FRANKFURT, Nov 1 (Reuters) - Germany's Bundesliga hopes to raise significantly more from the sale of media rights to future soccer seasons than the 300 million euros (£200 million) it made this year after 35 companies applied to join the auction.
'If we read the signs right, and considering that there will be up to 35 bidders, we have reason to believe that we will clearly raise more,' Bundesliga managing director Christian Seifert told a news conference on Tuesday.
Seifert unveiled more than 200 rights packages on offer to television, radio, Internet and telecoms companies for up to three seasons starting in 2006/07.
One possible scenario would see leading Bundesliga Saturday afternoon games broadcast on live television, possibly pay TV, with no free TV replay until more than six hours after kickoff.
Currently, public station ARD broadcasts a two-hour highlights show 45 minutes after the final whistle.
Such a scenario would give Premiere, Germany's only pay-TV broadcaster, the possibility to win more exclusivity - for which it has said it is willing to pay more than the 180 million euros it paid to show live Bundesliga games this season.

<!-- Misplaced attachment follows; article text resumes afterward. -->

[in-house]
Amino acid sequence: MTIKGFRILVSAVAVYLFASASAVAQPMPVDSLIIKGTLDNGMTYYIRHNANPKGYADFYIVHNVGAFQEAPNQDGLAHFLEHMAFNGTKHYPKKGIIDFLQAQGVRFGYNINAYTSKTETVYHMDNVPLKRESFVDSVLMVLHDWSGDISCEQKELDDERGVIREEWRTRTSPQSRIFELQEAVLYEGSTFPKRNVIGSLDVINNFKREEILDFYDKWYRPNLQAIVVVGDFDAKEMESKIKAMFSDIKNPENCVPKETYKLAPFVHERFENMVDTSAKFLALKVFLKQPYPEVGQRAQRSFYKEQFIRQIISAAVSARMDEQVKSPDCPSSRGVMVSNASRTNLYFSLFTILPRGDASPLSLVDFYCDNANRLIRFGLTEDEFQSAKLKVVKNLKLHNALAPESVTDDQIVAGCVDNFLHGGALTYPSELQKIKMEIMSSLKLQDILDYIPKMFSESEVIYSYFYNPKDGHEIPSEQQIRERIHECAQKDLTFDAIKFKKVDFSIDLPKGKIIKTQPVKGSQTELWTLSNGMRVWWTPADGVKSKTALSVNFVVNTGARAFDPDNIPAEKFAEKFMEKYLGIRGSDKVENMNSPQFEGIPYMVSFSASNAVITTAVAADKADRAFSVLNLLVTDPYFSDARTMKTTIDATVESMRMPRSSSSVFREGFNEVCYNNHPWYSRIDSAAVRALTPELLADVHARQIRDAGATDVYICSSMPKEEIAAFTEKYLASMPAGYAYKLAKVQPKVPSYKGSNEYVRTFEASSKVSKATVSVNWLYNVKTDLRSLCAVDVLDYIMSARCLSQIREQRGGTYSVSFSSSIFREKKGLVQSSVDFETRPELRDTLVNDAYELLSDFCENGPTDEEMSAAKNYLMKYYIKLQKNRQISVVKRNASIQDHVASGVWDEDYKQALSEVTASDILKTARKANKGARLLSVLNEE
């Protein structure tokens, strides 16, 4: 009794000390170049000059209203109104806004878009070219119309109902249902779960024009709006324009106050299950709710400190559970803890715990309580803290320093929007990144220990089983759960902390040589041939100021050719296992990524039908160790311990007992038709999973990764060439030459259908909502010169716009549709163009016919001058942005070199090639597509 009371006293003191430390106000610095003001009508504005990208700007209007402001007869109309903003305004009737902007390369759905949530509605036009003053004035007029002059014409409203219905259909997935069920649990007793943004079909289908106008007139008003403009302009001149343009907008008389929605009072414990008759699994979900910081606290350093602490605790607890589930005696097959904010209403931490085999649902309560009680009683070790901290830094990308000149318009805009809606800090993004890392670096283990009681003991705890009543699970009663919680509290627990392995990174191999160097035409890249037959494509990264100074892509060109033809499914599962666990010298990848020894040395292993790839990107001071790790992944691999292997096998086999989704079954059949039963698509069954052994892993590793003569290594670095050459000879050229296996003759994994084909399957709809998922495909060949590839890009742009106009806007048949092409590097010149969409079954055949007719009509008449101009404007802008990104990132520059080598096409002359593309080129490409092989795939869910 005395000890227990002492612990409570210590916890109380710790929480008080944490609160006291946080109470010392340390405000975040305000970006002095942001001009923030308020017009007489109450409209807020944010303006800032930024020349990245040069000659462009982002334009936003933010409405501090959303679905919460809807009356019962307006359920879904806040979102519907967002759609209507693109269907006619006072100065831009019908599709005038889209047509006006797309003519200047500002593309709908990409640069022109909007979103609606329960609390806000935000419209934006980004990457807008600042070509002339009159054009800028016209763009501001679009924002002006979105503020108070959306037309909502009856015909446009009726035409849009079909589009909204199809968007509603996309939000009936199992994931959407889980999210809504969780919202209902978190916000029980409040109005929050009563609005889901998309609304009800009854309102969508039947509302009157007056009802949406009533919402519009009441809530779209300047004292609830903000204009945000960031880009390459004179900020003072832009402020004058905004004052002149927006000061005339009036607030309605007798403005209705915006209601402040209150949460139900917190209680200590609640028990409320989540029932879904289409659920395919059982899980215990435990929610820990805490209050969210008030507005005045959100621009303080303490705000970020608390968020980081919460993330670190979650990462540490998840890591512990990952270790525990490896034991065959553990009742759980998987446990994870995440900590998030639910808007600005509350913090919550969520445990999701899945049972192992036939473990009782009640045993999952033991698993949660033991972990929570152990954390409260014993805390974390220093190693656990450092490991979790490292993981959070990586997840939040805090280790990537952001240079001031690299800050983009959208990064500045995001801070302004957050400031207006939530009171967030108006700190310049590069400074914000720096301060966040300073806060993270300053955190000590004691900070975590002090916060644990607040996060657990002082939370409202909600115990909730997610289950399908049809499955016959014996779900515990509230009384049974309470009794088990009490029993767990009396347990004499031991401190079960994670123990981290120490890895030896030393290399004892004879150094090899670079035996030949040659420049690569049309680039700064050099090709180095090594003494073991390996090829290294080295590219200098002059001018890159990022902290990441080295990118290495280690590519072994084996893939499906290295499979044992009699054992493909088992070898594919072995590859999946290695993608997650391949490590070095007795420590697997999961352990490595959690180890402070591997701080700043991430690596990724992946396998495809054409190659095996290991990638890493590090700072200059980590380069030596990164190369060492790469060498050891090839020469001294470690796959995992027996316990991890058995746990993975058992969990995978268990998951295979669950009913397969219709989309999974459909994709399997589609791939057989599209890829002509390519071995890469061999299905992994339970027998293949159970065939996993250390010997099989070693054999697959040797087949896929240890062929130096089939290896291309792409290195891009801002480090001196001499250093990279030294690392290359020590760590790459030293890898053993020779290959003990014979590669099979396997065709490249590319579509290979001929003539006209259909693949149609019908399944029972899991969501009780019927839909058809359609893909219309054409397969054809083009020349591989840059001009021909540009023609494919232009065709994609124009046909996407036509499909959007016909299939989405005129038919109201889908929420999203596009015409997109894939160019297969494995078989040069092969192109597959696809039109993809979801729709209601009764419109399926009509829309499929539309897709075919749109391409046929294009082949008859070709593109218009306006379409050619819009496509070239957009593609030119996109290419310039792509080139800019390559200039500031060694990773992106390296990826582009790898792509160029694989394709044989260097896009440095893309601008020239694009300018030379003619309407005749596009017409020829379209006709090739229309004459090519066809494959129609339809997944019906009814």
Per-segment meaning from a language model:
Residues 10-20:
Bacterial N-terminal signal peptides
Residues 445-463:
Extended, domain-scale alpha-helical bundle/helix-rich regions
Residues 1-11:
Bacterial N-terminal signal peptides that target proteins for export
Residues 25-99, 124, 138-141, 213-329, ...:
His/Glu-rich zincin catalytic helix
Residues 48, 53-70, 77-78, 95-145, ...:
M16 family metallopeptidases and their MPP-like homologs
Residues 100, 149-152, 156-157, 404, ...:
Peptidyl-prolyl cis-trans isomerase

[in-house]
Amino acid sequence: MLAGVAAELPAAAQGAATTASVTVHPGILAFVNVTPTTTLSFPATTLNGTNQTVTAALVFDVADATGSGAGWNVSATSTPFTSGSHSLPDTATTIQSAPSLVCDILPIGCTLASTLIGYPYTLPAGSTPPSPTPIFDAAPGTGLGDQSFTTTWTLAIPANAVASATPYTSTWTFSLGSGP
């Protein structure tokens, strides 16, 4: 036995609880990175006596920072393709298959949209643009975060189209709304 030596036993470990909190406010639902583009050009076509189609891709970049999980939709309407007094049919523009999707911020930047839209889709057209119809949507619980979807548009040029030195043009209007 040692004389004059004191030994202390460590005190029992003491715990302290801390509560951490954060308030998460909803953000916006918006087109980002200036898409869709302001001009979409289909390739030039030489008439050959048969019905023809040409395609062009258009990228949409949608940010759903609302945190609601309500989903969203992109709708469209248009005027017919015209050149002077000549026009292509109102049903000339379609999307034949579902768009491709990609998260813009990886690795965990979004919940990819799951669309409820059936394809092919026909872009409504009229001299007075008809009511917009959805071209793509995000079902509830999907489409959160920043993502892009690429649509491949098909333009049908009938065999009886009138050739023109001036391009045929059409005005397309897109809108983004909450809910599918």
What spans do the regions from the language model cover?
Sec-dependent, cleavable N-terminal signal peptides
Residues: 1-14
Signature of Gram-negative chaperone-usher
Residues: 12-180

Seifert said any party wanting more exclusivity for their coverage would have to make an offer high enough to compensate the Bundesliga for lower advertising and sponsorship earnings due to the smaller audiences.
'We've said more than once that if someone wants more exclusivity from the Bundesliga then they'll have to make it worth the Bundesliga's while,' he said.
Seifert said the association aimed to make a decision by Christmas but could open a second bidding period after the current one expires on Dec. 1 if it did not receive enough suitable offers.
Of the 35 parties registered to bid, eight were TV companies, 16 were agencies and the others included online and telecoms firms, he said. He added that eight of the companies concerned were listed, but declined to name any.
Apart from Premiere, commercial broadcasters RTL and ProSiebenSat.1 have said they would take part in the auction.
Seifert said the soccer association had to balance the considerations of fans, clubs and media organisations, and would not necessarily accept the highest bids in all cases.
'We're in a very emotional area here,' he said. 'We have to find a solution that satisfies all three as far as possible.'